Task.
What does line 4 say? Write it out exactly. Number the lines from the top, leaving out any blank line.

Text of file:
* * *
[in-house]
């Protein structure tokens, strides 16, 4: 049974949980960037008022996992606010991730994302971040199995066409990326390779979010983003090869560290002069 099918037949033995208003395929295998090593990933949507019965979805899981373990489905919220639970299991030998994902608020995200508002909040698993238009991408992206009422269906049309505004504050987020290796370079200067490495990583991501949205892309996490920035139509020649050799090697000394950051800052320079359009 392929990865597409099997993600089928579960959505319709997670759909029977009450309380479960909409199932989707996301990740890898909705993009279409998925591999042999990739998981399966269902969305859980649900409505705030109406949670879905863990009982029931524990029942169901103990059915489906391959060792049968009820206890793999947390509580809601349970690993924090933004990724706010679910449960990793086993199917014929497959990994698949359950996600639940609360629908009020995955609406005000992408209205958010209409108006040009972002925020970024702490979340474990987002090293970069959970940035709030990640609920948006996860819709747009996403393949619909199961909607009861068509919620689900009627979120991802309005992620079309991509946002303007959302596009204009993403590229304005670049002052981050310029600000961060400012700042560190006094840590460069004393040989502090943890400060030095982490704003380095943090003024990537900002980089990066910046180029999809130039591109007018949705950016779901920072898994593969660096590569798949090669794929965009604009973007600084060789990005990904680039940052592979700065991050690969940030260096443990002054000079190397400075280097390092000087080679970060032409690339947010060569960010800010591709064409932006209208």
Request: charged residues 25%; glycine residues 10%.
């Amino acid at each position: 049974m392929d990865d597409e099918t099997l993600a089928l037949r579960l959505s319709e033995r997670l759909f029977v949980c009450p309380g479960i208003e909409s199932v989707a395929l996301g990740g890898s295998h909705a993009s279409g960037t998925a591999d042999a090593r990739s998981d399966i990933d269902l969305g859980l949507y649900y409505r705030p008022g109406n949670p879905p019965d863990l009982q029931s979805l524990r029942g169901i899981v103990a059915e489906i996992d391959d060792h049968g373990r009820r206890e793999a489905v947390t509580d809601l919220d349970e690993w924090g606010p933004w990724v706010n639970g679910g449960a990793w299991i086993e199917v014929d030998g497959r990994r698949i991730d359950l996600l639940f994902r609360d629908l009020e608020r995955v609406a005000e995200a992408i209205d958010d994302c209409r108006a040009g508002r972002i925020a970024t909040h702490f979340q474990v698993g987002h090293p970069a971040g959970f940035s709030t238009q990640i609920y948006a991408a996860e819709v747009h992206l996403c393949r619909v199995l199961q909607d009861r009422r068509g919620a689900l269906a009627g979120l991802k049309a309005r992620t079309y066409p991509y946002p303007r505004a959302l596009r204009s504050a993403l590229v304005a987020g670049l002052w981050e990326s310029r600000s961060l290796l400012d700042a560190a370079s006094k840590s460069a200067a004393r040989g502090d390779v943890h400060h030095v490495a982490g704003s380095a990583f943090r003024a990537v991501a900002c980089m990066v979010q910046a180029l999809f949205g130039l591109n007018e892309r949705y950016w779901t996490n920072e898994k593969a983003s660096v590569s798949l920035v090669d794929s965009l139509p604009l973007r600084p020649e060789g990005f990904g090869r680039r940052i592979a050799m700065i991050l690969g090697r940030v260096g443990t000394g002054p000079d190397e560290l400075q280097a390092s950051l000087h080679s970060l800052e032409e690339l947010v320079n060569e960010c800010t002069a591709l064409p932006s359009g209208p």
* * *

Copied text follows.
């Amino acid at each position: 049974m392929d990865d597409e099918t099997l993600a089928l037949r579960l959505s319709e033995r997670l759909f029977v949980c009450p309380g479960i208003e909409s199932v989707a395929l996301g990740g890898s295998h909705a993009s279409g960037t998925a591999d042999a090593r990739s998981d399966i990933d269902l969305g859980l949507y649900y409505r705030p008022g109406n949670p879905p019965d863990l009982q029931s979805l524990r029942g169901i899981v103990a059915e489906i996992d391959d060792h049968g373990r009820r206890e793999a489905v947390t509580d809601l919220d349970e690993w924090g606010p933004w990724v706010n639970g679910g449960a990793w299991i086993e199917v014929d030998g497959r990994r698949i991730d359950l996600l639940f994902r609360d629908l009020e608020r995955v609406a005000e995200a992408i209205d958010d994302c209409r108006a040009g508002r972002i925020a970024t909040h702490f979340q474990v698993g987002h090293p970069a971040g959970f940035s709030t238009q990640i609920y948006a991408a996860e819709v747009h992206l996403c393949r619909v199995l199961q909607d009861r009422r068509g919620a689900l269906a009627g979120l991802k049309a309005r992620t079309y066409p991509y946002p303007r505004a959302l596009r204009s504050a993403l590229v304005a987020g670049l002052w981050e990326s310029r600000s961060l290796l400012d700042a560190a370079s006094k840590s460069a200067a004393r040989g502090d390779v943890h400060h030095v490495a982490g704003s380095a990583f943090r003024a990537v991501a900002c980089m990066v979010q910046a180029l999809f949205g130039l591109n007018e892309r949705y950016w779901t996490n920072e898994k593969a983003s660096v590569s798949l920035v090669d794929s965009l139509p604009l973007r600084p020649e060789g990005f990904g090869r680039r940052i592979a050799m700065i991050l690969g090697r940030v260096g443990t000394g002054p000079d190397e560290l400075q280097a390092s950051l000087h080679s970060l800052e032409e690339l947010v320079n060569e960010c800010t002069a591709l064409p932006s359009g209208p």